“I think we do need to assume that the outbreak is going to be persistent for some time,” he told RNZ. “It may grow to become considerably larger, that puts other states at risk in Australia, and so it probably means the end of the travel bubble.”
Hendy said the government could look to inflate bubbles with states which prove they have managed to keep the virus out long-term.
Covid-19 Response Minister Chris Hipkins said the government had not ruled anything out regarding the bubble. Travel to Australia will look different when it resumes, with vaccinations likely to play a bigger role.
“It may be that there are vaccine requirements put in place as part of a reopening of safe travel zones… Looking at what’s happening in Australia, it’s still some time away.”
If Australia manages to get the virus under control by 2022 and the bubble reinflates, travellers are still likely to run the risk of finding themselves stranded if an outbreak leads to another pause in travel. The expert group recommends allowing only the vaccinated to make use of quarantine-free travel bubbles once the roll-out in New Zealand is complete.
A breeze of a travel bubble compared to its trans-Tasman counterpart, the Cook Islands arrangement will remain open unless an outbreak leads to a “pause”. As of July 13, 93 per cent of the eligible population had been vaccinated, and the country still hasn’t recorded a single case of Covid-19. If you’re hankering for a tropical break, this is still your safest bet. Again, you’re likely to need to be vaccinated to take advantage of the bubble from 2022.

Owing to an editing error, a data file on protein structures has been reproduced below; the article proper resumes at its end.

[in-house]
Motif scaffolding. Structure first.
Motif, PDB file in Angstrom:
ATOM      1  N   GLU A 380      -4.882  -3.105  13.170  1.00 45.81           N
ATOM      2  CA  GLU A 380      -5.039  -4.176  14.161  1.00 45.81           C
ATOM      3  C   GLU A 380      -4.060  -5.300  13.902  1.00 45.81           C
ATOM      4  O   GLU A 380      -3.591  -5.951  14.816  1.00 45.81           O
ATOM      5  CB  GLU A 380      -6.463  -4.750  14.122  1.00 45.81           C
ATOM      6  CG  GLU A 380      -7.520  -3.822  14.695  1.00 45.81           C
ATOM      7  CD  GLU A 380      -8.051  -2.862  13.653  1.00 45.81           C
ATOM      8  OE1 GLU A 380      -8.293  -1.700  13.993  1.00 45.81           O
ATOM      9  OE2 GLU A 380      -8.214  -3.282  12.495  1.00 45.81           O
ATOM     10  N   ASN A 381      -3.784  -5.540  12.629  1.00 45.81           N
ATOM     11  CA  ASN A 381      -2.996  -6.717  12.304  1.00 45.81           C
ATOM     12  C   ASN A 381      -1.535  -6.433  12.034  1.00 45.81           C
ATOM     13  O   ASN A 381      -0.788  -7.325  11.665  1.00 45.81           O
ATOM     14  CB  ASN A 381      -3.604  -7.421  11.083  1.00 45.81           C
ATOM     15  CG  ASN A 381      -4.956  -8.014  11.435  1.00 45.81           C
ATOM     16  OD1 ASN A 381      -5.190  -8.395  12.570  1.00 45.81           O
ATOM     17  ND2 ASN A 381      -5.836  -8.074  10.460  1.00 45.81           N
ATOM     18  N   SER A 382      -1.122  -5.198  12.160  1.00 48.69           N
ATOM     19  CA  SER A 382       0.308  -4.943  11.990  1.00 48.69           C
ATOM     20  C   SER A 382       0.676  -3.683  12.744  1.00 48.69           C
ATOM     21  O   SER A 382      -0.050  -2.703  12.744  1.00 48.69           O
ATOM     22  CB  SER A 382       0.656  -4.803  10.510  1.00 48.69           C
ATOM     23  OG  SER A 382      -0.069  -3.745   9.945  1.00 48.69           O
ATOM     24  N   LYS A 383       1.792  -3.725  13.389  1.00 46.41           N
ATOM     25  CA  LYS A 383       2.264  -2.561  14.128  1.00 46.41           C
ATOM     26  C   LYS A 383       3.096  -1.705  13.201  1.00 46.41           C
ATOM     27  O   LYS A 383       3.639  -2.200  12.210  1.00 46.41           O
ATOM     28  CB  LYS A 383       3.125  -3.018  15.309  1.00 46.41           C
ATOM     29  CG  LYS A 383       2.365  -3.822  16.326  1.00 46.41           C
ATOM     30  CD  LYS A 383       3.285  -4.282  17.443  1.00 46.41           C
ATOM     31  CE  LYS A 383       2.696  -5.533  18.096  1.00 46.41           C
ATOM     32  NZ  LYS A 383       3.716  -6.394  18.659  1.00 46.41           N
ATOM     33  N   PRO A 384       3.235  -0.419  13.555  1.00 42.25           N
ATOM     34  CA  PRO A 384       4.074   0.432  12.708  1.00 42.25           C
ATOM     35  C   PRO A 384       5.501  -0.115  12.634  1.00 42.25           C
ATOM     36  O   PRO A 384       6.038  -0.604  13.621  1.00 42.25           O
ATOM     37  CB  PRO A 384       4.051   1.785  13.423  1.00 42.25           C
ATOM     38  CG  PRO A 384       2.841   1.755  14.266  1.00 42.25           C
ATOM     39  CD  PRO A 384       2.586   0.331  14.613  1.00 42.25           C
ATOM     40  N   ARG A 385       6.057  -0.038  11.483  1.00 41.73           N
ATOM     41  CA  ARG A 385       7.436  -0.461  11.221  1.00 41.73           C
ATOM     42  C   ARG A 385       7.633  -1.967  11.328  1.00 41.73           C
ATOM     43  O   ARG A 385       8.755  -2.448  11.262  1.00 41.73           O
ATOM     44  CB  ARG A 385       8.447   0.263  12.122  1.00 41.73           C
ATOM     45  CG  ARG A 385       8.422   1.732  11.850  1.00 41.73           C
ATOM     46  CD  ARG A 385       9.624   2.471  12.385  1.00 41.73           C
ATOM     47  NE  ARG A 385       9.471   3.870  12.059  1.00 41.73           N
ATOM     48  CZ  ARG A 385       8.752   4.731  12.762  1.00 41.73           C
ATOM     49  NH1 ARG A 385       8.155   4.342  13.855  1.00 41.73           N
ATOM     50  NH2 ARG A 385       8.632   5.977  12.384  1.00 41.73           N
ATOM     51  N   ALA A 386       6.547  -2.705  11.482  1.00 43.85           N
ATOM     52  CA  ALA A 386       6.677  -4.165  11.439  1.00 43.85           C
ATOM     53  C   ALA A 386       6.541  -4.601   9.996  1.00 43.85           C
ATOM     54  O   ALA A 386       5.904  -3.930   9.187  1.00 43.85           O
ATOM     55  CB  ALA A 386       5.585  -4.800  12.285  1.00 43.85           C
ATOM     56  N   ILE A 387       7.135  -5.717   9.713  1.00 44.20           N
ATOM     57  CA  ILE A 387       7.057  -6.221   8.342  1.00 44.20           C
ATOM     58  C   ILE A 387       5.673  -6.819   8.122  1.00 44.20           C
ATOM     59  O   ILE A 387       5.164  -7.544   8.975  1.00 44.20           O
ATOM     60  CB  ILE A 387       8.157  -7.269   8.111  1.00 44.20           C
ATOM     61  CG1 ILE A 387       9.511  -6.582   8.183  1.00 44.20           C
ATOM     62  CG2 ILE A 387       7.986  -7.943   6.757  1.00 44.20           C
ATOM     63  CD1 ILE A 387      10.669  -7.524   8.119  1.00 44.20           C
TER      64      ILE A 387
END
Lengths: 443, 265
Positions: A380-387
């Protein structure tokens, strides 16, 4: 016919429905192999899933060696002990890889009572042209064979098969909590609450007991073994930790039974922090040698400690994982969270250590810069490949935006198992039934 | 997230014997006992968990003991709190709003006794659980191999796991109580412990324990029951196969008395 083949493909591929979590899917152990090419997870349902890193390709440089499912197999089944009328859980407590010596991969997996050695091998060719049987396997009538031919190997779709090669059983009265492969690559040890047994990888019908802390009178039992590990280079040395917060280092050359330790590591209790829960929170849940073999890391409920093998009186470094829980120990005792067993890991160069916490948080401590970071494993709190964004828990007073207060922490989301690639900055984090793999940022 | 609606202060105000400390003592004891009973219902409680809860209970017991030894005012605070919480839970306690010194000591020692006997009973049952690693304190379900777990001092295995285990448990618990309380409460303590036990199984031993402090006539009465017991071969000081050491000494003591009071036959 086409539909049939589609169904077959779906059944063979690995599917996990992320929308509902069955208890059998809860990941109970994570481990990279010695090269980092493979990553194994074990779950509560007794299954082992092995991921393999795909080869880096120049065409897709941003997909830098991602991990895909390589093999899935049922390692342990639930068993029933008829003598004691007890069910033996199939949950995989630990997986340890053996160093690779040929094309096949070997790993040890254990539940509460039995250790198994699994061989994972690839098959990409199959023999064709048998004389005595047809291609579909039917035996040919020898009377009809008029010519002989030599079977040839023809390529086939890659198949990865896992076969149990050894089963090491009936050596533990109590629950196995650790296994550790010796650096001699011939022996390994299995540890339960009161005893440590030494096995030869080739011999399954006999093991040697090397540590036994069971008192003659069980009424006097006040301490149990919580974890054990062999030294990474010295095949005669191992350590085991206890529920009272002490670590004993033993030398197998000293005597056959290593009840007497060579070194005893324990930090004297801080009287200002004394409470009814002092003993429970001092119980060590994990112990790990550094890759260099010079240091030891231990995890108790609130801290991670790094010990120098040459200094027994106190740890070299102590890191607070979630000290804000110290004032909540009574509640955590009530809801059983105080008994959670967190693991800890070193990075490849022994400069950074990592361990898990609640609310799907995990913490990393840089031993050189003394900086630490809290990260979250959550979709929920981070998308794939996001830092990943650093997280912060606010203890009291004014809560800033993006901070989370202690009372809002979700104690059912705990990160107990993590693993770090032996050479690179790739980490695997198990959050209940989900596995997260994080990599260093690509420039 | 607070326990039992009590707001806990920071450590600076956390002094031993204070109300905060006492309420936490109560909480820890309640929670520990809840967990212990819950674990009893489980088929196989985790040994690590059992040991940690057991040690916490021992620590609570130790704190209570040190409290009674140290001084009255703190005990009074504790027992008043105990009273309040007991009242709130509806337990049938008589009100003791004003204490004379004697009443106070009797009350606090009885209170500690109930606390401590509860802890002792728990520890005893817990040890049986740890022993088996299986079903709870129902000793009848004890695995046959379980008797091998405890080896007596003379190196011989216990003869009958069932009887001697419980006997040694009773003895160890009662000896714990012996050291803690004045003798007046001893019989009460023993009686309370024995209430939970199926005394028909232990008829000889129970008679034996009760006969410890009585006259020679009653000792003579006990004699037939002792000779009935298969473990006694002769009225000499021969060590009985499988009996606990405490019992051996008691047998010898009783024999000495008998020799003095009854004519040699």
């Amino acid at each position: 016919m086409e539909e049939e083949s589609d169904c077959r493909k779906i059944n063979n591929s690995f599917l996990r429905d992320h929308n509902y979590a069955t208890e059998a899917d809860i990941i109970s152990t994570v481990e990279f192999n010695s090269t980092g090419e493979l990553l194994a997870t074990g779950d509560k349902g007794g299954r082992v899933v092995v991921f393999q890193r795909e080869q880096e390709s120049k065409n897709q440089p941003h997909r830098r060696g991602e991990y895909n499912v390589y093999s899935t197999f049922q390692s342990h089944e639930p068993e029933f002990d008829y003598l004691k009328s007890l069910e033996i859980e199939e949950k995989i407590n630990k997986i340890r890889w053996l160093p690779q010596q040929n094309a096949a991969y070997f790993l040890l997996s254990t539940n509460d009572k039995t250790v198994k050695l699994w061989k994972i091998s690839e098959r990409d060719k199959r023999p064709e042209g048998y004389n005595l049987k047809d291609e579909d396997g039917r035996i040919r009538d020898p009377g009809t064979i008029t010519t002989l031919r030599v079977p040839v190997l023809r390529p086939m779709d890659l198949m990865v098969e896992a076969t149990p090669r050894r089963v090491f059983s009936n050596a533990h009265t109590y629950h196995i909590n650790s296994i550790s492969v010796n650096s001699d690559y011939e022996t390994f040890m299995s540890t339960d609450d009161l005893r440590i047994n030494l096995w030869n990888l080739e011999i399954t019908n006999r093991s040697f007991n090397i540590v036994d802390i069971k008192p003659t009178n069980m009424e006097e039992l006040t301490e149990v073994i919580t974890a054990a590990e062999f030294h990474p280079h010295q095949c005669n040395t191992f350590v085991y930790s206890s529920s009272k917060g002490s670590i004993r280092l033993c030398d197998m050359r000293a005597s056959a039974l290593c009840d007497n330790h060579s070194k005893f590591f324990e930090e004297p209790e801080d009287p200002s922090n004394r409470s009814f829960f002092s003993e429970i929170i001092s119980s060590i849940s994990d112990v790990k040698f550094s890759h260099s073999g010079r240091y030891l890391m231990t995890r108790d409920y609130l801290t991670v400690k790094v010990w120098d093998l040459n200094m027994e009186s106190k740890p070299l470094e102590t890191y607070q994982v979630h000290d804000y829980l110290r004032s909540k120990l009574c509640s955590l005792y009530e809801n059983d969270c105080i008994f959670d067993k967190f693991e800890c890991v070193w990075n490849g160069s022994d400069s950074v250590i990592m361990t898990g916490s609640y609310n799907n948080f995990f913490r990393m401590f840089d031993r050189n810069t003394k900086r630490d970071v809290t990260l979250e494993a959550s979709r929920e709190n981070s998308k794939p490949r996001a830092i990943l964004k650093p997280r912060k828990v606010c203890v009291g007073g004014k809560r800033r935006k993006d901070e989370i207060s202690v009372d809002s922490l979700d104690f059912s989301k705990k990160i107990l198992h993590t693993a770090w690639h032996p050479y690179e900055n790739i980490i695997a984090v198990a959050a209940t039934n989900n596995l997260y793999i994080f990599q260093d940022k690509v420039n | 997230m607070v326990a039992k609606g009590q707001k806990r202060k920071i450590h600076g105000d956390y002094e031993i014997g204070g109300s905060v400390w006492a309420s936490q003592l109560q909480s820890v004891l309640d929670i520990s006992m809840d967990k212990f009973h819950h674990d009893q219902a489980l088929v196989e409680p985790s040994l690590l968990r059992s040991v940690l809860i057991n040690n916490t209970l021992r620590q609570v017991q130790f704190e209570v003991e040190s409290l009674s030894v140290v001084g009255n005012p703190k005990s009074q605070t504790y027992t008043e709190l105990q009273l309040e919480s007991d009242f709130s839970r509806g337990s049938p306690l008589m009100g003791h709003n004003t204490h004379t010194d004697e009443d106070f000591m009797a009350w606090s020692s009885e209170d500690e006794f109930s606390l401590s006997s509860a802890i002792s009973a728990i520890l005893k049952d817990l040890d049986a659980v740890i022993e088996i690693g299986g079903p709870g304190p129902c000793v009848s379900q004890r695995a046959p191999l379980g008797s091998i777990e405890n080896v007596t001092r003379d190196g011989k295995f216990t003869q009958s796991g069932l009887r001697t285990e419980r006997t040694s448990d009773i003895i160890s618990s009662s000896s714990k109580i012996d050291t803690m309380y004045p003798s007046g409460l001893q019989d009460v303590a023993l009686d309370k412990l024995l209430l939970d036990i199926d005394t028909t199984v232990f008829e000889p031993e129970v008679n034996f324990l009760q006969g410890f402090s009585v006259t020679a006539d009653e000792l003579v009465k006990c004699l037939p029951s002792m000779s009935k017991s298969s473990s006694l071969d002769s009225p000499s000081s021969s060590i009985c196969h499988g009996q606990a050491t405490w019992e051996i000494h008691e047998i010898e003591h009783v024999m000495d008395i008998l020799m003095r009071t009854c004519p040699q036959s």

With most of its population vaccinated, this idiosyncratic Pacific isle is likely to be the next overseas destination to open up to New Zealanders. It is a realm country after all, and has managed to keep Covid out of the country throughout the pandemic.
Prime Minister Ardern has long indicated that a travel bubble with Niue would be a priority, and her Niuean counterpart, Premier Dalton Tagelagi, is also keen. Plus, Niue residents have been allowed to enter New Zealand quarantine-free since March.
Known as “the Rock of Polynesia”, the tiny nation is essentially a lump of coral atop an underwater volcano. In place of the long sandy beaches quintessential to other Pacific Islands, you’ll find deep chasms seemingly built for swimming and snorkelling; a pink- and purple-hued swimming hole once reserved for royalty; and a coconut palm-filled oasis lying at the end of a ladder amid one of the largest exposed coral fields on Earth. Plus humpback whales which swim up from Antarctica to have their babies in winter.